Darrelle Revis and the Patriots begin their quest to earn a trip to February's Super Bowl this coming Sunday in Miami. Credit: Getty Images
It’s been the same drill around here for the past 12 Septembers. A division title is nearly guaranteed. A Super Bowl berth is something close to a birthright.
Most Pats fans have realized at some point since 2002 that they’re spoiled rotten, but as each September rolls around there’s subtle reminders that “it won’t always be like this.”
Tom Brady has been asked 5,000 different ways since his ACL injury in the 2008 season opener against the Chiefs as to how long he’ll play the sport of football. At first he said, “40.” Then he said “into his 40s.” On WEEI sports radio Tuesday he said, “until I suck.”
Brady turned 37 one month ago and there’s absolutely no reason to believe he’ll “suck” in 2014. But while the first decade of his career was reserved for “best quarterback ever” chatter, the second decade talk has been mostly about “closing windows.”
The NFL has truly never seen anything like the Brady/Bill Belichick Patriots. They have averaged 11.3 wins per season since September 2002 (seven months after they won their first Super Bowl), and have not entered a season where they weren’t among the handful of Vegas favorites to win the Super Bowl since. Perhaps the Pats’ best accomplishment has been their ability to stay consistently great. Consider that the run in which the 1990s Dallas Cowboys were legit Super Bowl contenders lasted just six years. The run for the 1970s Pittsburgh Steelers lasted eight years. The most comparable run to the one the Pats are currently on came from the 1980s/early ’90s 49ers as they were Super Bowl contenders from 1981-1998. But even as great as those Niners teams were, there were six seasons sprinkled in during that time period in which they won just 10 games in a season (not including a 3-6 record in the strike-shortened season of 1982).
While a 10-win season is fine for most franchises, this is an elite-of-the-elite discussion and the Patriots have had just three seasons (2002, 2005, 2009) in which they won 10 games or less in their era of contention. Are they slowing down? Not by a longshot. The Pats won 14 games in 2010, 13 games in 2011, 12 in 2012 and another 12 last season. Another 12, 13, or 14 win season is nearly a lock.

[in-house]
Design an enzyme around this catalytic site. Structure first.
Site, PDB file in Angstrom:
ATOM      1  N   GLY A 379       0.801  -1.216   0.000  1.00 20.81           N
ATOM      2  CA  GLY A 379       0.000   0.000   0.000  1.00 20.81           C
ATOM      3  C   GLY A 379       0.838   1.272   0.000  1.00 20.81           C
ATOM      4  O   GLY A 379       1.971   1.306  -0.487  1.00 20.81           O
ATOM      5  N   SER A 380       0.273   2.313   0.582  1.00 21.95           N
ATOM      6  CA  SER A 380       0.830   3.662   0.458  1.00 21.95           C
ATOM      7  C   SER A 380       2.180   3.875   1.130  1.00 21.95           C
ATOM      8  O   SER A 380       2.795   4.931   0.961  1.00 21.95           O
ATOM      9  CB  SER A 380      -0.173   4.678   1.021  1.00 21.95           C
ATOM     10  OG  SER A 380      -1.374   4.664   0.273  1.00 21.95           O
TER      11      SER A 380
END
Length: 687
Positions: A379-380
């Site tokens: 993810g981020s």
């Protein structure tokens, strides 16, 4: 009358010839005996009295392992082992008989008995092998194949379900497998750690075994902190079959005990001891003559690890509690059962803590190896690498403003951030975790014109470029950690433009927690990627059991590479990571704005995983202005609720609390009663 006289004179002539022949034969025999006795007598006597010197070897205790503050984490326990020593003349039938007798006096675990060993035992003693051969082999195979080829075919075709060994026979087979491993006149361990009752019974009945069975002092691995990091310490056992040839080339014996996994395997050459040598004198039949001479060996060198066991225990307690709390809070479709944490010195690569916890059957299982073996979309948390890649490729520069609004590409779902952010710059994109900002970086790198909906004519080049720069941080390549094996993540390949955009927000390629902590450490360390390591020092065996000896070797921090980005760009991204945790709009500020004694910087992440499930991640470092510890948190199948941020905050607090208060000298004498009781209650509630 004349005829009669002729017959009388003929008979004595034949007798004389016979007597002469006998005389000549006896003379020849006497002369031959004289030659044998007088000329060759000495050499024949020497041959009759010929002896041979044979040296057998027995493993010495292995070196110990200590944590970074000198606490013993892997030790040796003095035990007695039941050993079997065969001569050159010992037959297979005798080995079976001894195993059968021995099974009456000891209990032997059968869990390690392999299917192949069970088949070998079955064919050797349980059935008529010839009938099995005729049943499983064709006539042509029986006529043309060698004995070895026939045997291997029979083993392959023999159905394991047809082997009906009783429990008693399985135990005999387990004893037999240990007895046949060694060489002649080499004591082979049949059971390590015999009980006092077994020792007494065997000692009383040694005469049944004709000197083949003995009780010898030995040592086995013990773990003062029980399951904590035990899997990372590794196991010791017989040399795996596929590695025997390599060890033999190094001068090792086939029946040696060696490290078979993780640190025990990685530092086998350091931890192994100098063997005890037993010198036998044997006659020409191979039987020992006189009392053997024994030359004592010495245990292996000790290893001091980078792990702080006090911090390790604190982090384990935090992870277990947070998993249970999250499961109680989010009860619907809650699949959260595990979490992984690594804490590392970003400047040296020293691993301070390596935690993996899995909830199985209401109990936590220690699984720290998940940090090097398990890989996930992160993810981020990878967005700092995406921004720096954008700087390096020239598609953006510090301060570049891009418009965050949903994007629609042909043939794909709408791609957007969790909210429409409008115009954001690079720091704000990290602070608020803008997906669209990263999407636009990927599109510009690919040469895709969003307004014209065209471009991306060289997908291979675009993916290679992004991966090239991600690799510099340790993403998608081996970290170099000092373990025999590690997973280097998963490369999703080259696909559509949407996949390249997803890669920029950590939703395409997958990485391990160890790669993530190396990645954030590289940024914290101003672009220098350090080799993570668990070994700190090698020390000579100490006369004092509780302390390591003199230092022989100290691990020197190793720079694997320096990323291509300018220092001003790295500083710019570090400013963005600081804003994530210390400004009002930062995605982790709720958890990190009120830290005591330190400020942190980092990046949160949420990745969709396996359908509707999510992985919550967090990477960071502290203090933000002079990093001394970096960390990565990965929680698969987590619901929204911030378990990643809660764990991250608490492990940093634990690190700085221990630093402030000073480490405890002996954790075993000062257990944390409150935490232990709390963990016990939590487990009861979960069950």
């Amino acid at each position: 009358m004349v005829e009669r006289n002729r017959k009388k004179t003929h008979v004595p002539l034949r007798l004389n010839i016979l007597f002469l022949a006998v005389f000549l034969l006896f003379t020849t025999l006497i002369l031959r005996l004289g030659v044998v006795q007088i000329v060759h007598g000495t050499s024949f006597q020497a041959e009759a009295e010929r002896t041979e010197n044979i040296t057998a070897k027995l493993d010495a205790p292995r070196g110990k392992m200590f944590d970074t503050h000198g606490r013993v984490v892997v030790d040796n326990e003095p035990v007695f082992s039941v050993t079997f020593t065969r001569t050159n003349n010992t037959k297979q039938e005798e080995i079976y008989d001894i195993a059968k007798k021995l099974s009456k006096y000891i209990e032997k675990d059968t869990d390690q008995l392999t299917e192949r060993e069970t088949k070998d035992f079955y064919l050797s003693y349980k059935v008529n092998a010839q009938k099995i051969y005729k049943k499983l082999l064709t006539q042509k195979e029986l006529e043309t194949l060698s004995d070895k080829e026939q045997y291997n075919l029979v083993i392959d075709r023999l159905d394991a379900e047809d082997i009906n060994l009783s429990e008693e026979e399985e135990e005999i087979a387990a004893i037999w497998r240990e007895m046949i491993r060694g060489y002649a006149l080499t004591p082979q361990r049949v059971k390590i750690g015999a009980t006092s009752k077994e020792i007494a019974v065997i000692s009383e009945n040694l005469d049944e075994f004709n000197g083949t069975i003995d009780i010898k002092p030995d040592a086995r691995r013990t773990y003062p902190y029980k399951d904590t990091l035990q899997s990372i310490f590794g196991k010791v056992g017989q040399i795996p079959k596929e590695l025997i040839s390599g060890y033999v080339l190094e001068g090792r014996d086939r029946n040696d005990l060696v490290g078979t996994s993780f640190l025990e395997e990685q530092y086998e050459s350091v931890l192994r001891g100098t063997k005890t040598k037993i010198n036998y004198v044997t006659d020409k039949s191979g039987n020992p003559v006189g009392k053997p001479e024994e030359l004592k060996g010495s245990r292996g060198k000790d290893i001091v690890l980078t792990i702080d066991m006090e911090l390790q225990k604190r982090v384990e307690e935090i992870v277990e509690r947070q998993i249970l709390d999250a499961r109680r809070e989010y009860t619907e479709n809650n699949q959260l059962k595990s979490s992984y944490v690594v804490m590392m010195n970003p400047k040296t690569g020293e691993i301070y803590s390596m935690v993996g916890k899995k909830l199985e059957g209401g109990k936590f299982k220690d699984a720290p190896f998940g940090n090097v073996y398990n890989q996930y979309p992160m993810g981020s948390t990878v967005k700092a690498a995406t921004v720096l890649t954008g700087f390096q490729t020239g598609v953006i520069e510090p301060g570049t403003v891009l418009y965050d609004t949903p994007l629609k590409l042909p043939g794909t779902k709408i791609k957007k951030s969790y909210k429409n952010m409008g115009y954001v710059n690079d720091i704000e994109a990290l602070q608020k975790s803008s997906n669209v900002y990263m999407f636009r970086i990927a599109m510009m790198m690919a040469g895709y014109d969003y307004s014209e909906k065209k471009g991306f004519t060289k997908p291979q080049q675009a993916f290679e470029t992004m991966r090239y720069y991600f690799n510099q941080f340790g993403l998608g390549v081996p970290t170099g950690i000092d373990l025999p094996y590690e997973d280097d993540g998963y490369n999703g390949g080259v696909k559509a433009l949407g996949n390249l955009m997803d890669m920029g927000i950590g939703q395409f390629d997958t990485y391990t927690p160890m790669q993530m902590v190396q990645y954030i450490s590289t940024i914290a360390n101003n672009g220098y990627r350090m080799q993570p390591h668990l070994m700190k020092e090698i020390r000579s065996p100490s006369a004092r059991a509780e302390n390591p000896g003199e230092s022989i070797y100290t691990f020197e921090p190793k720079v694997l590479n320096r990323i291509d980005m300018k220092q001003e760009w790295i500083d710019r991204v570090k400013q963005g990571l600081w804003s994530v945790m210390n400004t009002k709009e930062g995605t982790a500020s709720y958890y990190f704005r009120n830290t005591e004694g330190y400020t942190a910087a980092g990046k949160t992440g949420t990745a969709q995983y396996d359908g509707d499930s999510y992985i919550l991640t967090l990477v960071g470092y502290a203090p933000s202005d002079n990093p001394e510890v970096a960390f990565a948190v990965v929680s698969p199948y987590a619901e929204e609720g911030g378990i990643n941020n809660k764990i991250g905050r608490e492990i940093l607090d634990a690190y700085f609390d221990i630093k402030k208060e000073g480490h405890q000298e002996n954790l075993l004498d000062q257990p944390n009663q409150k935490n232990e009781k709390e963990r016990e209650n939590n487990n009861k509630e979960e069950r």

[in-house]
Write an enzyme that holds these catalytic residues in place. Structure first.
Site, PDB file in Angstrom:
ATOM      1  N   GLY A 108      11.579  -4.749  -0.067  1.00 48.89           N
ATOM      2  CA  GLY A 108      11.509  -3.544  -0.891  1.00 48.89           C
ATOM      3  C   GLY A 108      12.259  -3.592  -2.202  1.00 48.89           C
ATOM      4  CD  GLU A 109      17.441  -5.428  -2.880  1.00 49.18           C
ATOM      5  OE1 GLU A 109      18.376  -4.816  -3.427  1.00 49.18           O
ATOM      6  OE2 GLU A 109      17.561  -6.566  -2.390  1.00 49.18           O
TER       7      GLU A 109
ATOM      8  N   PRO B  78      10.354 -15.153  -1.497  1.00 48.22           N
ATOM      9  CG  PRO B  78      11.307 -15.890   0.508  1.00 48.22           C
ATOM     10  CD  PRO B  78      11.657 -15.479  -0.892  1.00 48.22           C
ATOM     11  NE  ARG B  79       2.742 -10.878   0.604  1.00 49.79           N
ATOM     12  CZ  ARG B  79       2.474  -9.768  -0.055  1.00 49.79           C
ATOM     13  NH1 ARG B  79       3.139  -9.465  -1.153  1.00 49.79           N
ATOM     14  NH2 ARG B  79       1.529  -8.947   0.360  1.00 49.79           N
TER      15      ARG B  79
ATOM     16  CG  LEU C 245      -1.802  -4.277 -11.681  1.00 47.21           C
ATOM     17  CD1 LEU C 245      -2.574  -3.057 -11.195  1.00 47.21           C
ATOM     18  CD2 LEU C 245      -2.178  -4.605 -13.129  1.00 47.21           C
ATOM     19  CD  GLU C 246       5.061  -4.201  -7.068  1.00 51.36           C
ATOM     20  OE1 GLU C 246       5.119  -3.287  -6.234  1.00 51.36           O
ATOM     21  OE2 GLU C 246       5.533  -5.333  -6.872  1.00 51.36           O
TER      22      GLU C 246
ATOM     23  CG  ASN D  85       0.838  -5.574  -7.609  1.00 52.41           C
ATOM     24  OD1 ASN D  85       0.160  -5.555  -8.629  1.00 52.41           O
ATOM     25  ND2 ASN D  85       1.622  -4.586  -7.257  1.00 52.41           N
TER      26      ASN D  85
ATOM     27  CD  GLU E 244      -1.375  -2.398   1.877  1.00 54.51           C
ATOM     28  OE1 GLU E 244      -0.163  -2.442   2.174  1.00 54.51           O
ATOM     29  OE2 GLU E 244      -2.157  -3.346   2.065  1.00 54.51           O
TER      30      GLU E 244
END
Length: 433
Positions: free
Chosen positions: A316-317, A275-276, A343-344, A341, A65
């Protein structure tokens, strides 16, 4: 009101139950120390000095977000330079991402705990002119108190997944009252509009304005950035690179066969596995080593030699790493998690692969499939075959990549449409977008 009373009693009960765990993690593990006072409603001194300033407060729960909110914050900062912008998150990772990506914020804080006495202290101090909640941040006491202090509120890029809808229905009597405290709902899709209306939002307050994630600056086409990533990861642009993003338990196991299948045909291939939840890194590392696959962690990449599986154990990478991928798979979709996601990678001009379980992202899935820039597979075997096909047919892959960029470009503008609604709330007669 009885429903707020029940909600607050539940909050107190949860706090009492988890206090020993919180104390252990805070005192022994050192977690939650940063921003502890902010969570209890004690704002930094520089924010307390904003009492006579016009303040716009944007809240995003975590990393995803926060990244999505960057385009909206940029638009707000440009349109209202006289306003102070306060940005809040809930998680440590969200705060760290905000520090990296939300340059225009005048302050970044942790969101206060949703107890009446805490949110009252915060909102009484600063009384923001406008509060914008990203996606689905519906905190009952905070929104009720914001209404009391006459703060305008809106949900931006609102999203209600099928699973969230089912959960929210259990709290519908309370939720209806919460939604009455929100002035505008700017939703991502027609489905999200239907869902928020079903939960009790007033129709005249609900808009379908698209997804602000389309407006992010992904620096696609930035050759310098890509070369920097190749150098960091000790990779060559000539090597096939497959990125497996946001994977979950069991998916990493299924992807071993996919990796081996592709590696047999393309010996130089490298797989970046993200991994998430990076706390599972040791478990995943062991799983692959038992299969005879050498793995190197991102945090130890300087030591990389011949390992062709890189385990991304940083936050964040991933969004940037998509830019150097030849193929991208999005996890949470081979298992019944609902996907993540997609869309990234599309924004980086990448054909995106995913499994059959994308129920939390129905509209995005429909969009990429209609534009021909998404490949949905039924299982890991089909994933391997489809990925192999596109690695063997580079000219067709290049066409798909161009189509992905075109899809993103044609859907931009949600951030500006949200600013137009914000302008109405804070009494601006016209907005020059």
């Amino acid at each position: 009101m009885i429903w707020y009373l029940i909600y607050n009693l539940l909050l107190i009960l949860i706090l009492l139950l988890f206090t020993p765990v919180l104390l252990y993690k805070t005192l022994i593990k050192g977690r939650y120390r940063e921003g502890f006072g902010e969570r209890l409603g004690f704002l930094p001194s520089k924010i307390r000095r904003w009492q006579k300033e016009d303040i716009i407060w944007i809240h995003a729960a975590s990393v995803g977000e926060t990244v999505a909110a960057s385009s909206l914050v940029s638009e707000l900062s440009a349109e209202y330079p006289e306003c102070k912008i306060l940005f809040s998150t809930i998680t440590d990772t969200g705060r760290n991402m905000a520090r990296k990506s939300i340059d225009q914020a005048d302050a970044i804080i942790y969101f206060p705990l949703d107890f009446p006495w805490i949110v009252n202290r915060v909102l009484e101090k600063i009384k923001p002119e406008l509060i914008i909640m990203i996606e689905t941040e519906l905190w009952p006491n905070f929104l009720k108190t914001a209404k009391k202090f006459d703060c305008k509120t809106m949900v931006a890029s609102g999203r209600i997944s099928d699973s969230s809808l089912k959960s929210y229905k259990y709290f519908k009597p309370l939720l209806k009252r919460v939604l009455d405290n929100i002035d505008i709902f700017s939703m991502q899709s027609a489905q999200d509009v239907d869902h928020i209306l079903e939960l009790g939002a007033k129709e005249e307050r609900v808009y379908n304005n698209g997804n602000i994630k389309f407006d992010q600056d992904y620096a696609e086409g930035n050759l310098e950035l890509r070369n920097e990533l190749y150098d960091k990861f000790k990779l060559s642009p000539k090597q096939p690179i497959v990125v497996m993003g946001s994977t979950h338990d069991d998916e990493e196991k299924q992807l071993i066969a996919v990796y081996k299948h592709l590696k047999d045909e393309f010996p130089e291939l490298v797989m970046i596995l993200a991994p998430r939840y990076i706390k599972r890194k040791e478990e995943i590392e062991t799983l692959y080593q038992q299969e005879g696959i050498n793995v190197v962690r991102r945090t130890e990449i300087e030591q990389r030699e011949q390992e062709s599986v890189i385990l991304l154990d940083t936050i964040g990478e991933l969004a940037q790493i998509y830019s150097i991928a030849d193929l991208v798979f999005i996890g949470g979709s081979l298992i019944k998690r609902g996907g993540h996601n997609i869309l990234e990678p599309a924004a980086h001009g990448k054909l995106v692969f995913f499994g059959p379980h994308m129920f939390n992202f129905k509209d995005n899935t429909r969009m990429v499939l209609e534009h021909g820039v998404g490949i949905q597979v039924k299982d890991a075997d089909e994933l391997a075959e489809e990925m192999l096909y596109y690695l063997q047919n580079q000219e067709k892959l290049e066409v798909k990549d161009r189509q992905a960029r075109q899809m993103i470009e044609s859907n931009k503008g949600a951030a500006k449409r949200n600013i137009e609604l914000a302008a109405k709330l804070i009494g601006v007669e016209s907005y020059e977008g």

There’s as much optimism about the 2014 Patriots as there has been about any Pats team since the one that beat the Philadelphia Eagles on Feb. 6, 2005. If they’re going to break this championship “drought,” this season is as good a bet as any to do so.
Here are three storylines for 2014 to keep tabs on:
No secondary issues Finally, a secondary to be proud of.
There was a loud cry last season about how the Patriots need to give Brady more weapons. Well, the best weapon for most championship-obsessed quarterbacks comes via a great defense. Former arch-enemy Darrelle Revis is arguably the best defensive player on a Patriots roster in the Brady/Belichick era and the Pats are expected to rank among the top five defenses in the league.
Pats fans are well aware how much a healthy, great cornerback can change the outlook of a defense. A healthy Aqib Talib was prominent in big early season victories over the Falcons and Saints last year. In fact, in the first six games of last season when Talib was healthy, Patriots opponents scored an average of just 16.1 points per game.
Revis is believed by most to be a more talented player than Talib and once fellow cornerback Brandon Browner returns in Week 5 against the Bengals, the Pats could feature one of the top secondaries in the league.
Comeback kids It was touch and go there with Vince Wilfork last March as the big nose tackle had asked for his release from the team. But Wilfork and the Pats eventually found a number they were seemingly comfortable with (a restructured deal worth three years, $22.5 million), and No. 75 is slated to go for 2014 and possibly beyond.
You haven’t heard a peep about Wilfork all summer long, but reports have indicated that he’s fully recovered from the torn Achilles tendon he suffered against the Falcons in late September last year.
Rob Gronkowski suffered his 2013 season-ending injury months later against the Browns, but the guess is that he’ll see some game action this Sunday against Miami. More important is that the game-changing tight end is at full strength the second half of the season and into the playoffs. Gronkowski hasn’t played something close to a full playoff game since the 2011 Super Bowl loss to the Giants, and even in that game he was hobbled.
On target Brady had 2006-like talent to work with last season, as yearning for the days Reche Caldwell and Doug Gabriel become commonplace among fans. Julian Edelman did take his game to another level, catching 105 balls for 1,056 yards, but fellow slot receiver Danny Amendola was seen as something of a bust. If Amendola can remain healthy (a HUGE if) and turn in games like he did last season against Buffalo (10 catches, 104 yards) and Miami (10 catches, 131 yards), it will open things up on the outside for Brandon LaFell, Kenbrell Thompkins and Aaron Dobson.
Follow Metro Boston sports editor Matt Burke on Twitter:@BurkeMetroBOS